By Amy Nicholson
By LA Weekly critics
By Zachary Pincus-Roth
By Amy Nicholson
By Amy Nicholson
By Amanda Lewis
By Amy Nicholson
By Anthony D'Alessandro
Frame-filling, dirt-seamed showdown squints accompanied by a soundtrack that's a menagerie of caws, grunting hombres, twanging spokes and livid trumpets. A division of cavalry in Union blue kicking up a wake of red dust across Spain's Desert of Tabernas, standing in for Monument Valley. Sneering banditti with stiff, blond dye jobs swaggering into saloons that look like they might welcome Caravaggio and his 17th-century bravos. You simply cannot mistake a spaghetti Western for anything else.
The dissolution of the studio system and the rise of runaway production had already turned low-overhead Rome into Hollywood on the Tiber, when the era of the spaghetti Western kicked off in earnest with 1964's A Fistful of Dollars, directed by Sergio Leone, with a score by Ennio Morricone, the genre's progenitors and certifiable geniuses. The cycle of Italo-Spanish–made horse operas played itself out largely over the next decade, whence come the overwhelming majority of the films in the American Cinematheque's 21-movie crash course in the genre, with 35 mm prints lovingly assembled by Bruce Goldstein at New York City's Film Forum.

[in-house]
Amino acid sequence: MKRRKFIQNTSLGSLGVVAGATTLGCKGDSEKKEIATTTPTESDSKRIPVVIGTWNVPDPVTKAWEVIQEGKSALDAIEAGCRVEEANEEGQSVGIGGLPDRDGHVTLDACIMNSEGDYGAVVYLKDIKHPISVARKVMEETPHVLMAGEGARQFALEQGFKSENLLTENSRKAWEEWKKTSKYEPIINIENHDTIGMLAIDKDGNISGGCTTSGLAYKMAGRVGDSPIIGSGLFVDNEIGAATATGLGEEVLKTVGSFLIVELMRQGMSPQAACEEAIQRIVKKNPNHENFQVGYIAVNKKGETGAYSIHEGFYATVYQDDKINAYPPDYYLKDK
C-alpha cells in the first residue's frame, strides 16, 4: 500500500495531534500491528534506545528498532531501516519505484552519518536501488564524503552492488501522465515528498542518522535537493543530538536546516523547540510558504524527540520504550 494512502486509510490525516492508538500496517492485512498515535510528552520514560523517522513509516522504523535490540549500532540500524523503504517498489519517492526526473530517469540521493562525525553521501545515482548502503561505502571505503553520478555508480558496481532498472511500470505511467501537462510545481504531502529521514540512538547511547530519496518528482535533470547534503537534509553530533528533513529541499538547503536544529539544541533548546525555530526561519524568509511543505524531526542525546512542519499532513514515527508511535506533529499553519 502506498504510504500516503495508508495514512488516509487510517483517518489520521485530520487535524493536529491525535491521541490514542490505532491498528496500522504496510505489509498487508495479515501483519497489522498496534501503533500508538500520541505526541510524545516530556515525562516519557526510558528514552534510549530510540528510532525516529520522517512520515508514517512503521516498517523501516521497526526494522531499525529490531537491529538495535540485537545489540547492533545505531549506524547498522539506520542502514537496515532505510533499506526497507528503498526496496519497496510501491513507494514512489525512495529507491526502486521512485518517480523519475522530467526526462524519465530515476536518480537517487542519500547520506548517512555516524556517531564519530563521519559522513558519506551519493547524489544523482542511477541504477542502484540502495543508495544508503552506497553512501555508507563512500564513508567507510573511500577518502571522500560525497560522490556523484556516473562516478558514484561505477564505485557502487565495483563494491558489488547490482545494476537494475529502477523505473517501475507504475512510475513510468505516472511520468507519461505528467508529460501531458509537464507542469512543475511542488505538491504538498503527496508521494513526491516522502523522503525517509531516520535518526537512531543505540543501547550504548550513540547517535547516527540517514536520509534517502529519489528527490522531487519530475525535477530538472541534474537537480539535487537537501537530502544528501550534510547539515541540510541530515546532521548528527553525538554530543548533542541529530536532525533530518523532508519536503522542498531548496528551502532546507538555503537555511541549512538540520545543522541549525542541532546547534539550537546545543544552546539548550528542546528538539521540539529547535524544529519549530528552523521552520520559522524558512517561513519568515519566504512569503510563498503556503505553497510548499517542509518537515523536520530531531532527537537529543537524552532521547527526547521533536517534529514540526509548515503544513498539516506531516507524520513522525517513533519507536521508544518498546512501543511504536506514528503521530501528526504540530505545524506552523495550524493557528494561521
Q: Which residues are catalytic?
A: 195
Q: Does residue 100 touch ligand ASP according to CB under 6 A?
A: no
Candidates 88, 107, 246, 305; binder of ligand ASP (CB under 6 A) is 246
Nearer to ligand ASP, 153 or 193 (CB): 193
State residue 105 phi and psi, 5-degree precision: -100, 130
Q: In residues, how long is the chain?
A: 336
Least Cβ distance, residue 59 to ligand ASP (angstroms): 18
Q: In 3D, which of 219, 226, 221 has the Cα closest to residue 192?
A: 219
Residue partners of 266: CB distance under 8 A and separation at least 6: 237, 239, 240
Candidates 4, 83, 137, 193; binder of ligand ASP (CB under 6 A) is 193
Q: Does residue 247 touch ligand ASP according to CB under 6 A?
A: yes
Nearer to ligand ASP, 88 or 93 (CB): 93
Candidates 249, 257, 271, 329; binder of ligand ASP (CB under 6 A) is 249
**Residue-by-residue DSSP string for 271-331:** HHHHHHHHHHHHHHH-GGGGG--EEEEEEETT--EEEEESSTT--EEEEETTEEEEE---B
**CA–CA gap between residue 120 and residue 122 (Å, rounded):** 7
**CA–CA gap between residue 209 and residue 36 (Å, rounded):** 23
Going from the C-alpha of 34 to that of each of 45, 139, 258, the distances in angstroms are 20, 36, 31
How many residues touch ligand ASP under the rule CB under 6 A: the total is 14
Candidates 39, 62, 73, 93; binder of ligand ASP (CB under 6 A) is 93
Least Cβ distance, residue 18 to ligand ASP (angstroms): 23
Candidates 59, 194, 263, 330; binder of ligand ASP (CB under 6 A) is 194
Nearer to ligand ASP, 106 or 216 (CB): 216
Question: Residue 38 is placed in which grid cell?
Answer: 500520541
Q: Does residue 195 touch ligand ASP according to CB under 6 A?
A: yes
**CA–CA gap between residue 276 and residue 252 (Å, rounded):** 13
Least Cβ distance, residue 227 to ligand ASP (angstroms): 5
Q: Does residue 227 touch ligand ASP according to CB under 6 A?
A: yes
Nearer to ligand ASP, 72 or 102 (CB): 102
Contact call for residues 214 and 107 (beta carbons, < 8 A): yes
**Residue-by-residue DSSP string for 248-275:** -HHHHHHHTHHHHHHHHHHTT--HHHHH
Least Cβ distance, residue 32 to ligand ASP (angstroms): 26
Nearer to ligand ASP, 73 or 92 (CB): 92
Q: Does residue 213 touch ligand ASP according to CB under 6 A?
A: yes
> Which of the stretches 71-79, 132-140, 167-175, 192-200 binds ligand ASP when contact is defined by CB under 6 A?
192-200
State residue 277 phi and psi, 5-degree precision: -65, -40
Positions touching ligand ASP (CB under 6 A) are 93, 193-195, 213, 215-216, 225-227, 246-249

Dollars' Man With No Name, Clint Eastwood, then a Rawhide regular with an undistinguished film career, became the first star of the spaghetti Westerns, which usually peppered their multinational casts with Americans: Gone-to-seed late-career slummers like Joseph Cotten, humorously saddle-sore cranky in Sergio Corbucci's 1966 The Hellbenders; bilingual Italo-Americans like marble-faced Henry Silva and the volcanic Tony Musante; or the particular case of bat-faced, New Jersey–born spaghetti specialist Lee Van Cleef, who in middle age became a most unlikely international action star.
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Europe had appropriated the most quintessentially American genre before (and Hollywood, it should be noted, has never shied away from appropriating other nations' legends). Turn-of-the-last-century Italian readers thrilled to Emilio Salgari's frequently Western-set adventure stories, while Salgari contemporary Karl May's tales of a frontier that he had never seen were still being adapted as immensely popular films in the 1960s.